Frequently Asked Questions
Have you read every book in the library?
That would be wonderful but impossible. We rely on Booklist, a professional book review resource, and other reviewing agencies, as well as students, parents and volunteers, to help review appropriate books for our students. While no two people always agree on what is appropriate for kids to read, we certainly appreciate your input. If you find a book you think is questionable, or a great book you'd like us to carry, please let us know.
What happens if a student or parent finds a "bad" library book ?
We assess why the books seems inappropriate. Is it fine for older kids but not so for younger kids? Does it deal with sensitive subjects that offend some people? Does it have language and/or behavior that is unacceptable altogether?
If the problem is a topic more suitable for older kids, we keep the book but steer younger kids away from it to more appropriate materials. We may advise older children if the content may bother them - for example a book may be sad, or scary, or have mild bad language.
All people will never agree on all books - some families don't read about witchcraft and fantasy, for example; other families love them. Some kids can't read sad books; other kids love them. Books about badly-behaved people can be a teaching point -- or taboo -- in your household. That's why the best evaluators of children's books are children's parents. Talk to your kids about what you do and do not want them reading. We'll do our best to help you meet those guidelines if we know what they are.
What do librarians do all day?
A library seems like a quiet, slow-moving place, but there are many behind-the-scenes jobs that keep it running. Some of them are:
Shopping! There are millions of books - which ones do we buy? A librarian has to decide how to spend limited money on unlimited books. We look at recommended books using Professional Book Review publications and decide which titles to order based on teaching curriculum as well as what types of books our students enjoy reading. We want those books to leave the shelves frequently and not gather dust!
Planning Special Events We want our students to get excited about books, authors, reading, and writing. Many times, Librarians plan Author Visits to our school, Skype Visits with other classrooms around the world to discuss the books we are reading, and events within our own library to showcase student projects, as well as plan Research sessions with students.
The new books came - now what? First, they have to be barcoded and added to the library computer system (cataloged) in one of several ways. Then spine labels, award, genre, holiday or any other special stickers need to be printed and applied to them. Finally, those stickers - or the entire dust jacket if there is one - need protective covers so they can hold up for many readers over time.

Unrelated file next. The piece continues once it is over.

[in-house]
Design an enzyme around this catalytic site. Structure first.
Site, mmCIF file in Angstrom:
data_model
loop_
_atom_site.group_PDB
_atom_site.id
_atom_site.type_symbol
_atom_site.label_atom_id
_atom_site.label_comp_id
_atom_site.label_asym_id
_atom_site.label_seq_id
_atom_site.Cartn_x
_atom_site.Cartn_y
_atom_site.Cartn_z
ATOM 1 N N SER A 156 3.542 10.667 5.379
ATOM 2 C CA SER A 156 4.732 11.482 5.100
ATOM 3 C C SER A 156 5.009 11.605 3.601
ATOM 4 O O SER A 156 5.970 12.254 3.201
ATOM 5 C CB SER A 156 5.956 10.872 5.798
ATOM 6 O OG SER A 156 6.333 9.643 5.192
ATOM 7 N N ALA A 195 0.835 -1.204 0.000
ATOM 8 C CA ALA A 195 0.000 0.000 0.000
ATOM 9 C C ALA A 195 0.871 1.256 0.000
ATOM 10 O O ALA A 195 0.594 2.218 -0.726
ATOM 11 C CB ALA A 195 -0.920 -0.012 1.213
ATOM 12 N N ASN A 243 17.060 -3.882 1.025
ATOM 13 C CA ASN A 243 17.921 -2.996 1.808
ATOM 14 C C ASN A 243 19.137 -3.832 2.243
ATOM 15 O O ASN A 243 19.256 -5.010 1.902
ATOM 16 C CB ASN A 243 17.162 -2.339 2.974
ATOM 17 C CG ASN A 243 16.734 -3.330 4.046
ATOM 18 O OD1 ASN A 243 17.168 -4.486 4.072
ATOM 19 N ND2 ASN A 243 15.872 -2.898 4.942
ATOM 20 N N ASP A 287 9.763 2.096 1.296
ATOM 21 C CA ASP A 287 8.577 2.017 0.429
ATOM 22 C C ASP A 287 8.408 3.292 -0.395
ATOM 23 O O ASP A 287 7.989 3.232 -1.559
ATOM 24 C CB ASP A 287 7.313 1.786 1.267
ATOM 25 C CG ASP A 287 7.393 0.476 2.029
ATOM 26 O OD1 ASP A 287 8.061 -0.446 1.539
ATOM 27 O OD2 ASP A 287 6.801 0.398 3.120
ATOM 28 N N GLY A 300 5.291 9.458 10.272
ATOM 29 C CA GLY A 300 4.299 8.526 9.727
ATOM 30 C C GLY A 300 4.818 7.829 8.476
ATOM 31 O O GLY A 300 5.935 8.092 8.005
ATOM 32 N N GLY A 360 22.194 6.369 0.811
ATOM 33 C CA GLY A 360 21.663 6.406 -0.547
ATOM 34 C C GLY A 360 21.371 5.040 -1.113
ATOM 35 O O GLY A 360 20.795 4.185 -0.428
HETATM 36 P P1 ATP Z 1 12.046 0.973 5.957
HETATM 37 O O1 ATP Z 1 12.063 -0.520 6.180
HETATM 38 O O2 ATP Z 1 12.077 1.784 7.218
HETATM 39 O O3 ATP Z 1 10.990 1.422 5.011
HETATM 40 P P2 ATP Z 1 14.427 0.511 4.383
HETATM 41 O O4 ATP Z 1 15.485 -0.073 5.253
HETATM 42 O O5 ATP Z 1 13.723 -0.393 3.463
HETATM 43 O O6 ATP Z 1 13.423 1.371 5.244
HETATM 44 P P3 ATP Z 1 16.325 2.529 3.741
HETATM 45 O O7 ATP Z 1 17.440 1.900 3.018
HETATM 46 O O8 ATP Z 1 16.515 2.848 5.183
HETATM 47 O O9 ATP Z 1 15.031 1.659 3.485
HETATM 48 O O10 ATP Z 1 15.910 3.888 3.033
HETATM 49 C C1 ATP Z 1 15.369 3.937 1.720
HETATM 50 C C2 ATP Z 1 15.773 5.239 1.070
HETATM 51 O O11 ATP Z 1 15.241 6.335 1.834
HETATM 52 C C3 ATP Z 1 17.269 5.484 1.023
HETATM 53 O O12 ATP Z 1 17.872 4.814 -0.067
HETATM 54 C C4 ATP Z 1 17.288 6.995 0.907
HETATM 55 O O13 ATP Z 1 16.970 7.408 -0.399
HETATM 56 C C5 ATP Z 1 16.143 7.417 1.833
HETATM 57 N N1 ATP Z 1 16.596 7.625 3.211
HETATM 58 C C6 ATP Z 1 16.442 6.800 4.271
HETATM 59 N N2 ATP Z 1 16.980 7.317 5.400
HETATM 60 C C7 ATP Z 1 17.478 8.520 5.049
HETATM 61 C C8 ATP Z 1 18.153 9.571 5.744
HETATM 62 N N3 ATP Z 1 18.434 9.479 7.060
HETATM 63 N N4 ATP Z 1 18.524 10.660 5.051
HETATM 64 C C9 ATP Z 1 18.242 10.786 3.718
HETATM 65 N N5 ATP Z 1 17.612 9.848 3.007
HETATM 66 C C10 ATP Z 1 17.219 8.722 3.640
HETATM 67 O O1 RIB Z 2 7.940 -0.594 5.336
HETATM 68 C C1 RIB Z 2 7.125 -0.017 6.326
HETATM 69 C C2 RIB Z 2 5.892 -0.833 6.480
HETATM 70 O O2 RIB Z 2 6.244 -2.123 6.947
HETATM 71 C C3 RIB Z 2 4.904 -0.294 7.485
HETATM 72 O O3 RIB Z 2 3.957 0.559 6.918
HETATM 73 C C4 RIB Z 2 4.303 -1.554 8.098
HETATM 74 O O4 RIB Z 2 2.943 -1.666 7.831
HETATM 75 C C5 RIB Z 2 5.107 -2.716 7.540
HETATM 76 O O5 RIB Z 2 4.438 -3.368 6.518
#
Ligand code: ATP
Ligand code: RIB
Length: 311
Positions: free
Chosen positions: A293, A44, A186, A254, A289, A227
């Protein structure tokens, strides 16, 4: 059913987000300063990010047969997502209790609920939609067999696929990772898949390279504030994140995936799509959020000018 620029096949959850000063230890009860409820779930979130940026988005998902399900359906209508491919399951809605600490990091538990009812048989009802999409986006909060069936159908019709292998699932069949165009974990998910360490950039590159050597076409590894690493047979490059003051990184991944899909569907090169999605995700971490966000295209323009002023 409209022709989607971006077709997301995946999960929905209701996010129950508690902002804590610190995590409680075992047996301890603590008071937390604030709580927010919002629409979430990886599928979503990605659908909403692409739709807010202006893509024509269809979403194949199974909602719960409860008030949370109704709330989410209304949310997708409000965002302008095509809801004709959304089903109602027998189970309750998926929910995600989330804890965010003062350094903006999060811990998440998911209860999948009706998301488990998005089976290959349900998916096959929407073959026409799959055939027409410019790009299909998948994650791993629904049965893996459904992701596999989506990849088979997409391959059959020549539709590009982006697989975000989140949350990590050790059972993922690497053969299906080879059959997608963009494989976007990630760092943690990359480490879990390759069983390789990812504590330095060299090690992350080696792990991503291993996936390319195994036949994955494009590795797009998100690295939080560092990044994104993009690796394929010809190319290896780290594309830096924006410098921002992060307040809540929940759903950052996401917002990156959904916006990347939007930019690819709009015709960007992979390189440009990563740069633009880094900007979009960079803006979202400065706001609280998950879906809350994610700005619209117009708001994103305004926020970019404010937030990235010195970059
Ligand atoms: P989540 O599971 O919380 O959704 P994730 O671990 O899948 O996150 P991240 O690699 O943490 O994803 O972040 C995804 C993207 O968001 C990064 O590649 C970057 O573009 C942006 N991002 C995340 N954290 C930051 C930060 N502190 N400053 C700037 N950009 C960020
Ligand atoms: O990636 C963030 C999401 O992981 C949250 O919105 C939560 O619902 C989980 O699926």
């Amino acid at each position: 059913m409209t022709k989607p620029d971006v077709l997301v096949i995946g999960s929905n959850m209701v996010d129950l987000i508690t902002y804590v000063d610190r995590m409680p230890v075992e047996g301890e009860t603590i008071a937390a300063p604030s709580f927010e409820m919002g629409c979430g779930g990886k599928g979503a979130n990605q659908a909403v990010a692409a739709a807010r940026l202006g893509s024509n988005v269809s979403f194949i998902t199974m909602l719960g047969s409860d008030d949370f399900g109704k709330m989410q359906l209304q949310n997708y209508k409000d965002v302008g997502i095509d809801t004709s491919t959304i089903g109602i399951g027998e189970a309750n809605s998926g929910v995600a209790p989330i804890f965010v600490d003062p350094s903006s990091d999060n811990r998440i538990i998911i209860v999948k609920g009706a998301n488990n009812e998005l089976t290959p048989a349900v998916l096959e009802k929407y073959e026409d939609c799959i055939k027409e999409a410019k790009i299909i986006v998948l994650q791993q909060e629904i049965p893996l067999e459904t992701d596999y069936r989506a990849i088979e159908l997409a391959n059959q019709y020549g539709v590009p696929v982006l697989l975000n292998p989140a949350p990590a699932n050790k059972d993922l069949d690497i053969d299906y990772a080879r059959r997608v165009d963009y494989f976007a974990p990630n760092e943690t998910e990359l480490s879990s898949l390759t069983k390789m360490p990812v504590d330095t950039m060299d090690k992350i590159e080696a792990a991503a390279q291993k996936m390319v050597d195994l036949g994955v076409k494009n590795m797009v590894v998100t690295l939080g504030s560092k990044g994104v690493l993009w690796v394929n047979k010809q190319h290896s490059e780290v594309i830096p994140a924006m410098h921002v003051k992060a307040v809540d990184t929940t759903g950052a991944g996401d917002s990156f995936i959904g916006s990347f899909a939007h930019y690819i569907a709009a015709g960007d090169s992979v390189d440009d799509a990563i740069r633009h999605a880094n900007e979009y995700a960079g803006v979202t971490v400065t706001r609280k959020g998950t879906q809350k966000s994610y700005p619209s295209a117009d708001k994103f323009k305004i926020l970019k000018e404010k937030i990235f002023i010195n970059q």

Checkout these great new books! It doesn't matter how great the book is - if students don't notice it, they won't read it. Getting those books noticed means trying to display books in new appealing ways.
Chapter Two fell out! Repairing books sometimes involves taping tears with special tape that won't yellow over time, or replacing labels that are illegible. Other times we have to completely repair the spine of a book. We have a special machine to restore an otherwise destroyed book to almost-new condition! Sadly, some damage - such a milk & juice spills or marker & crayon writing - can ruin a book completely. Please treat library books with care, and let us know if you see any damage to a book so that we can fix it properly.
The book is here... but wherejQuery183042048861594030673_1468771366746? Ever looked for a book the computer says is checked in, but you can't find it on the shelf? It's almost impossible to find one book out of a gazillion when they're not in order. Most students try very hard to put books back where they belong, but sometimes mistakes happen. Occasionally we have to go through the shelves looking for misfiled books and put them all back in their proper homes.
I've had that on hold forever!! Most students are great about returning their books on time, but sometimes kids have to be reminded that they have an overdue book, and while they have it, no one else can enjoy it. Every so often we have to take inventory of who has what, and try to get overdue books back onto the shelves.
Can you help me....? Yes! A very important part of the librarian's job is to make sure all these great resources are useful to as many people as possible. We try very hard to find the right books and materials that students and teachers need. Please ask us if we can help you locate materials for an upcoming project or subject, or if there are materials you'd like us to purchase for the library.
Have a question for the library? Email email@example.com .